Boys will be boys
BY EMMY BARCELONA ON SEPTEMBER 19, 2014
The majority of students don’t like uniforms. It’s an undeniable fact. We’d rather wear our colored t-shirts and be rid of the dreaded polos and button downs. As much as I don’t like uniforms, I do understand the reasons for them. They make the school look more professional and more put-together, and they also prevent bullying, to a certain extent. As a student, I can respect the uniform policy; as a female student, I just feel disgusted.
There are two major differences between the uniform rules for boys and for girls. The boys’ rules are enforced so that they don’t look messy. The girls’ rules are there to prevent us from looking provocative. We’re told to button our shirts up, keep our shoulders covered and to only wear knee length shorts. And what are we told as explanation for this? It’s a distraction to the male population of Rose.
This is the 21st century. We should not have to be held accountable for something a male may or may not think. This is an age of equality, yet we’re teaching girls that a boy’s comfort is held at a higher standard than their own. Why isn’t there a rule preventing boys from wearing a tight shirt that’ll show off their muscles? Who’s to say they’re not a distraction for girls? Me wearing a tight shirt isn’t the reason there’s a boy somewhere at Rose struggling in a class. It may be because he stayed up late playing video games or because he just doesn’t care. If we’re going to take away everything that might serve as a distraction for students, we may as well strip the building of everything.
In sexual assault crimes, 44% of all victims are under the age of 18. Only 40% of cases are reported to the police and 97% of perpetrators never spend a day in jail for their crime. In the cases that are sent to the court, a majority of the time the court partially blames the victim on account of her actions (i.e. flirting) or her outfit and less than 10% of cases result in criminal charges against the defendant. In reality, this is a serious issue that allows dangerous people to continually walk the streets; however, in society, it’s being pushed aside. The sick mindset that it’s a girl’s responsibility to take the blame for a boy’s actions is crippling the validity of our court systems and is slinking its way into our school systems.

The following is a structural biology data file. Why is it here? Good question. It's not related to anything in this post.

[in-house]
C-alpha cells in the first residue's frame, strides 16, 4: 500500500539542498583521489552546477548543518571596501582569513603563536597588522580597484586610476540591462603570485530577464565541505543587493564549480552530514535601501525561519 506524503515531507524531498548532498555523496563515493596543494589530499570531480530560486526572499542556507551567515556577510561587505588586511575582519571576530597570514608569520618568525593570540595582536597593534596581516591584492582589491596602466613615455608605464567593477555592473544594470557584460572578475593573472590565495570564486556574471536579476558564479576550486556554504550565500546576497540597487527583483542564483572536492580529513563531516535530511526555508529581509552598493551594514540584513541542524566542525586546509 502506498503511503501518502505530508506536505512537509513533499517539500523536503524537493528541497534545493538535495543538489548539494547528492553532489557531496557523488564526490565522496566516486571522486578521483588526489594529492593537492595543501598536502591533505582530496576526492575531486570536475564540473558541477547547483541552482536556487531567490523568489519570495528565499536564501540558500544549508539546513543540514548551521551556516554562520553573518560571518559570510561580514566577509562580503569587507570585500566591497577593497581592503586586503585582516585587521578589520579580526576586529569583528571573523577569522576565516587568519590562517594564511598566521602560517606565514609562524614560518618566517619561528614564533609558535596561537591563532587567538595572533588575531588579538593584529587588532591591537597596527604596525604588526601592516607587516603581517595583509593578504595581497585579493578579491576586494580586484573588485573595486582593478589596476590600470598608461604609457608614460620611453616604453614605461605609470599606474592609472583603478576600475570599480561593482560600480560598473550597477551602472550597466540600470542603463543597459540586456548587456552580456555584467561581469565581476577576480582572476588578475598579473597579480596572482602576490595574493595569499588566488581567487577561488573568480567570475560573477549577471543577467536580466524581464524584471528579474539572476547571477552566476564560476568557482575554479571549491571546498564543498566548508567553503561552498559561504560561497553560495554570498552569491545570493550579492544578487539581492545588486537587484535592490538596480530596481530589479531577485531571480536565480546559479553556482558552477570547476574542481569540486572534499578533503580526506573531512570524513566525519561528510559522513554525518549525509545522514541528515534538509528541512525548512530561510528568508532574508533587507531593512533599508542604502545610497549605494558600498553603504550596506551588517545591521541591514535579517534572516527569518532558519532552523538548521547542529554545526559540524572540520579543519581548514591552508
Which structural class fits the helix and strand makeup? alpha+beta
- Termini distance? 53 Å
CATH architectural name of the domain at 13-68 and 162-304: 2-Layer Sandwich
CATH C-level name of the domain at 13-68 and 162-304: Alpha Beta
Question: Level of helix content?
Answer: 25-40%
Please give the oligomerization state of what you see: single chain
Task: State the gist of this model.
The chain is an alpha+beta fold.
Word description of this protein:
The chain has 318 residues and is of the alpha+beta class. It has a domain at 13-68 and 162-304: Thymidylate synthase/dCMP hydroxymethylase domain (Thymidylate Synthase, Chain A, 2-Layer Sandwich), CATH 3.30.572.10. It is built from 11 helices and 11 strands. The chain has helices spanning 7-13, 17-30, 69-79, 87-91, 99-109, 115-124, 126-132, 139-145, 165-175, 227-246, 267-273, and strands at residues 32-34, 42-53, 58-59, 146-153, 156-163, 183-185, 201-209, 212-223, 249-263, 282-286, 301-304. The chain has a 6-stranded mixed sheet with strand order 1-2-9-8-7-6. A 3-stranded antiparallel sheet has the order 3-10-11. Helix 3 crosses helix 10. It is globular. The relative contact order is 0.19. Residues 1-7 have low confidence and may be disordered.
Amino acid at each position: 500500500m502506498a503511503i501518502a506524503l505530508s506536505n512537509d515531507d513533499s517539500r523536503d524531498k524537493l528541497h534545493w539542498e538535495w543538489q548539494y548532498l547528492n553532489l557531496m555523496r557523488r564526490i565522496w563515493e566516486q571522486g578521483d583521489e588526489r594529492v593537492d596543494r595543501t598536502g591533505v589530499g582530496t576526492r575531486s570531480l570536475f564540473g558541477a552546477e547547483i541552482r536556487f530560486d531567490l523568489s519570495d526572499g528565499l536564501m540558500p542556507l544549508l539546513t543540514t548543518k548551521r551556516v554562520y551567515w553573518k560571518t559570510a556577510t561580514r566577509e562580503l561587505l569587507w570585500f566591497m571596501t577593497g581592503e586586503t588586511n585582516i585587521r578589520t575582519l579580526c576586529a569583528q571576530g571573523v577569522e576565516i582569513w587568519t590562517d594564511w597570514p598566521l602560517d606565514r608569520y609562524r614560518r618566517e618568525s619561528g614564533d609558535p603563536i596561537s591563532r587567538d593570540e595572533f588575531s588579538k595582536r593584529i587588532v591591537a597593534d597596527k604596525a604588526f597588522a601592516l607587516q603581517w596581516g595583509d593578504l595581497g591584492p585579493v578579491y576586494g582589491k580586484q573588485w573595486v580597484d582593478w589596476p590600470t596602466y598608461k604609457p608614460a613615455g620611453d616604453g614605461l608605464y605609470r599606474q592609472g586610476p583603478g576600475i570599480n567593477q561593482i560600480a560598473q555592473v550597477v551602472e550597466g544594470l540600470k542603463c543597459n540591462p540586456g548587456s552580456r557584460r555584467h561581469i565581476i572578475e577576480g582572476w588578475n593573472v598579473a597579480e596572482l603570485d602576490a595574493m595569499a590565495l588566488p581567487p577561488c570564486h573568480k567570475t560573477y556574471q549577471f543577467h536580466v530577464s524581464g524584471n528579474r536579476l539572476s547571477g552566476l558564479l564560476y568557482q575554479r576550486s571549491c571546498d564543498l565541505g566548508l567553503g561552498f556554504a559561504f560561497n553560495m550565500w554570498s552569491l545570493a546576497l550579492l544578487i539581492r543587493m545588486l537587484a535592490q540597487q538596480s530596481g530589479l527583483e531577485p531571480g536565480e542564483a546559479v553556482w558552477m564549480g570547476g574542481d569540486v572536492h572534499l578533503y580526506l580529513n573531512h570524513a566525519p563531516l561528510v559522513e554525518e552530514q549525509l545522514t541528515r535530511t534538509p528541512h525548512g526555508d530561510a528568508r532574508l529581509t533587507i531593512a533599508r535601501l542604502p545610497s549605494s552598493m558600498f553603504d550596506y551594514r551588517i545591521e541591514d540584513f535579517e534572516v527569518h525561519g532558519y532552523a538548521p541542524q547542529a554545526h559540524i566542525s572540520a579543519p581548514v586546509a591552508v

Just the other day I overheard a teacher telling a girl to fix her bra strap because it will distract boys. Teachers are people of influence and they are teaching us that it is girls’ responsibility to ensure that the way they look won’t tempt boys. I’ve even heard that it is not just the boys that they are worried about us distracting, but the men as well. Some teachers believe that we put the male teachers in a bad position by wearing certain things. Causing a female student to worry about “distracting” their male teacher is not something anyone should do. You can word it any way you want, but when you get down to it, it’s just plain wrong and disturbing. If you’re a teacher who knows any male teachers that are having thoughts about female students, you need to report them, not hide them. Girls already have more than enough to worry about without adding being worried that their male teachers will have “dirty thoughts” about them to the mix.
Girls need to be taught that their body is something that they should be proud of and something others should respect. Our bodies are not here as objects used to control males. If high school boys really can’t control themselves around girls, maybe we should focus more on teaching them to respect girls rather than punishing girls for simply loving their bodies.
This entire mindset is not just insulting for girls, but boys as well. I believe that boys have enough self control to not jump a girl, purely on the fact that they saw a flash of shoulder. And if there are boys who will do that, I can think of several places they should be instead of school.
Now, I am by no means saying that we should be allowed to wear whatever we want. Uniforms do help the reputation of a school. But what does need to end is the belief that girls should be held accountable for the actions of boys. It is a sexist, outdated belief that teaches boys and girls the wrong thing.
So to all the girls out there, know that your body is yours and that it demands respect. You are responsible for one person and one person only and that is yourself. Don’t let anyone else tell you differently.